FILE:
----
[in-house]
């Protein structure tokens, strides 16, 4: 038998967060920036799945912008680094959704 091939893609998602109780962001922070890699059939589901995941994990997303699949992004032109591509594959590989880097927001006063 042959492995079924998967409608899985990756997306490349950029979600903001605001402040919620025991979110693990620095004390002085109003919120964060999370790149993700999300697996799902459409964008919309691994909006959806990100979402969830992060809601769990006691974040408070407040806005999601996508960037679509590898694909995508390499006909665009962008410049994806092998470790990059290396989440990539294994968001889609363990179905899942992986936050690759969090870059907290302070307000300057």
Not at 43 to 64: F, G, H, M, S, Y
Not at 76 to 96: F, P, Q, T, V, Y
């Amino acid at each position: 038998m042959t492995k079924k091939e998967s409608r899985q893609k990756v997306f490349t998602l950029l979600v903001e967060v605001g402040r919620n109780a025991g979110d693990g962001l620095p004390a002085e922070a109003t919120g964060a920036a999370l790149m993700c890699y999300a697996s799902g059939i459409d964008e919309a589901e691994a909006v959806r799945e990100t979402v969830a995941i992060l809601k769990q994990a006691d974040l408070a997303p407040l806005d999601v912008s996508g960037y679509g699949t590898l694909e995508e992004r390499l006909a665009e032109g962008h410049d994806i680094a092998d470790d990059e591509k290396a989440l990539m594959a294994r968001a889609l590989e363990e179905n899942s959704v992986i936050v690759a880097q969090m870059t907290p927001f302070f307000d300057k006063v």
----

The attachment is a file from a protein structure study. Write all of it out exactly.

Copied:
[in-house]
């Protein structure tokens, strides 16, 4: 038998967060920036799945912008680094959704 091939893609998602109780962001922070890699059939589901995941994990997303699949992004032109591509594959590989880097927001006063 042959492995079924998967409608899985990756997306490349950029979600903001605001402040919620025991979110693990620095004390002085109003919120964060999370790149993700999300697996799902459409964008919309691994909006959806990100979402969830992060809601769990006691974040408070407040806005999601996508960037679509590898694909995508390499006909665009962008410049994806092998470790990059290396989440990539294994968001889609363990179905899942992986936050690759969090870059907290302070307000300057």
Not at 43 to 64: F, G, H, M, S, Y
Not at 76 to 96: F, P, Q, T, V, Y
């Amino acid at each position: 038998m042959t492995k079924k091939e998967s409608r899985q893609k990756v997306f490349t998602l950029l979600v903001e967060v605001g402040r919620n109780a025991g979110d693990g962001l620095p004390a002085e922070a109003t919120g964060a920036a999370l790149m993700c890699y999300a697996s799902g059939i459409d964008e919309a589901e691994a909006v959806r799945e990100t979402v969830a995941i992060l809601k769990q994990a006691d974040l408070a997303p407040l806005d999601v912008s996508g960037y679509g699949t590898l694909e995508e992004r390499l006909a665009e032109g962008h410049d994806i680094a092998d470790d990059e591509k290396a989440l990539m594959a294994r968001a889609l590989e363990e179905n899942s959704v992986i936050v690759a880097q969090m870059t907290p927001f302070f307000d300057k006063v």